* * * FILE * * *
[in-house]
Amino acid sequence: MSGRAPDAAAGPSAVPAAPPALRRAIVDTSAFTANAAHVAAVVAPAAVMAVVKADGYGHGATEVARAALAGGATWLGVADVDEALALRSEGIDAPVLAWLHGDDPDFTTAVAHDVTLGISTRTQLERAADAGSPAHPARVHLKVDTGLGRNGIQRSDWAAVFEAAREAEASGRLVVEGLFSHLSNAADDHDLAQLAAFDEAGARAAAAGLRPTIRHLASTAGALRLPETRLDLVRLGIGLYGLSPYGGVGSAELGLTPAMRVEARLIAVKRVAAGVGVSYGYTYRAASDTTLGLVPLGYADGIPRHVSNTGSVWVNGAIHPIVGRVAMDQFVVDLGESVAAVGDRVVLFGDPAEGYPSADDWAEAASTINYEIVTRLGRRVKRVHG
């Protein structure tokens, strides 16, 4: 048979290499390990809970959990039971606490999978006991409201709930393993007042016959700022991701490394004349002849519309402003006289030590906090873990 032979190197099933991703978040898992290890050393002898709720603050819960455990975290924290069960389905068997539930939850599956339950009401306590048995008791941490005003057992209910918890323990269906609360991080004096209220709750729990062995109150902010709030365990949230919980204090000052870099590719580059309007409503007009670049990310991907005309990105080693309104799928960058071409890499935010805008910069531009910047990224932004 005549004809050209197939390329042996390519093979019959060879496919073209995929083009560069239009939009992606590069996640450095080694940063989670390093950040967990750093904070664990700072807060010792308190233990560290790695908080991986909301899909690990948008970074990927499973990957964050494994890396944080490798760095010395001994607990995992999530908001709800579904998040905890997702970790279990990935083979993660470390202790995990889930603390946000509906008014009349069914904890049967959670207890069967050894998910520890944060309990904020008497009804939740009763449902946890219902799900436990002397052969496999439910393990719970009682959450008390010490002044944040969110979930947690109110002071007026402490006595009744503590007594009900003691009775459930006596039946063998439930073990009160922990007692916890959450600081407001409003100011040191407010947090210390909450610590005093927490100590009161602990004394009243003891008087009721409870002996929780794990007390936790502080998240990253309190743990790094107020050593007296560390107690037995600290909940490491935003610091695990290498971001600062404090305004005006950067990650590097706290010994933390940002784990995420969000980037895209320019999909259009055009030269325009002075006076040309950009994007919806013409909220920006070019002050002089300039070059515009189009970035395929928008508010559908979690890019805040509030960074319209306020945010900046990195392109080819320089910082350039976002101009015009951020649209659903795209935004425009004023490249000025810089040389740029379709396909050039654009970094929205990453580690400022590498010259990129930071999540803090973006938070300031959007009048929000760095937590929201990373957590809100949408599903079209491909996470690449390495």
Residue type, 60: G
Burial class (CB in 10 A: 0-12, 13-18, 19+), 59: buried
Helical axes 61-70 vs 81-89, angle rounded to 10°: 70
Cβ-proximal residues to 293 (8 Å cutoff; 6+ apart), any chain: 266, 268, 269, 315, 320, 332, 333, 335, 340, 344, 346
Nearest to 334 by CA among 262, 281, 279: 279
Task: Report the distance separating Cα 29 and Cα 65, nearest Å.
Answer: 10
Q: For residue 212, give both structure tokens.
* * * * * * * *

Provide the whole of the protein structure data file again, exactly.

[in-house]
Amino acid sequence: MSGRAPDAAAGPSAVPAAPPALRRAIVDTSAFTANAAHVAAVVAPAAVMAVVKADGYGHGATEVARAALAGGATWLGVADVDEALALRSEGIDAPVLAWLHGDDPDFTTAVAHDVTLGISTRTQLERAADAGSPAHPARVHLKVDTGLGRNGIQRSDWAAVFEAAREAEASGRLVVEGLFSHLSNAADDHDLAQLAAFDEAGARAAAAGLRPTIRHLASTAGALRLPETRLDLVRLGIGLYGLSPYGGVGSAELGLTPAMRVEARLIAVKRVAAGVGVSYGYTYRAASDTTLGLVPLGYADGIPRHVSNTGSVWVNGAIHPIVGRVAMDQFVVDLGESVAAVGDRVVLFGDPAEGYPSADDWAEAASTINYEIVTRLGRRVKRVHG
């Protein structure tokens, strides 16, 4: 048979290499390990809970959990039971606490999978006991409201709930393993007042016959700022991701490394004349002849519309402003006289030590906090873990 032979190197099933991703978040898992290890050393002898709720603050819960455990975290924290069960389905068997539930939850599956339950009401306590048995008791941490005003057992209910918890323990269906609360991080004096209220709750729990062995109150902010709030365990949230919980204090000052870099590719580059309007409503007009670049990310991907005309990105080693309104799928960058071409890499935010805008910069531009910047990224932004 005549004809050209197939390329042996390519093979019959060879496919073209995929083009560069239009939009992606590069996640450095080694940063989670390093950040967990750093904070664990700072807060010792308190233990560290790695908080991986909301899909690990948008970074990927499973990957964050494994890396944080490798760095010395001994607990995992999530908001709800579904998040905890997702970790279990990935083979993660470390202790995990889930603390946000509906008014009349069914904890049967959670207890069967050894998910520890944060309990904020008497009804939740009763449902946890219902799900436990002397052969496999439910393990719970009682959450008390010490002044944040969110979930947690109110002071007026402490006595009744503590007594009900003691009775459930006596039946063998439930073990009160922990007692916890959450600081407001409003100011040191407010947090210390909450610590005093927490100590009161602990004394009243003891008087009721409870002996929780794990007390936790502080998240990253309190743990790094107020050593007296560390107690037995600290909940490491935003610091695990290498971001600062404090305004005006950067990650590097706290010994933390940002784990995420969000980037895209320019999909259009055009030269325009002075006076040309950009994007919806013409909220920006070019002050002089300039070059515009189009970035395929928008508010559908979690890019805040509030960074319209306020945010900046990195392109080819320089910082350039976002101009015009951020649209659903795209935004425009004023490249000025810089040389740029379709396909050039654009970094929205990453580690400022590498010259990129930071999540803090973006938070300031959007009048929000760095937590929201990373957590809100949408599903079209491909996470690449390495």
Residue type, 60: G
Burial class (CB in 10 A: 0-12, 13-18, 19+), 59: buried
Helical axes 61-70 vs 81-89, angle rounded to 10°: 70
Cβ-proximal residues to 293 (8 Å cutoff; 6+ apart), any chain: 266, 268, 269, 315, 320, 332, 333, 335, 340, 344, 346
Nearest to 334 by CA among 262, 281, 279: 279
Task: Report the distance separating Cα 29 and Cα 65, nearest Å.
Answer: 10
Q: For residue 212, give both structure tokens.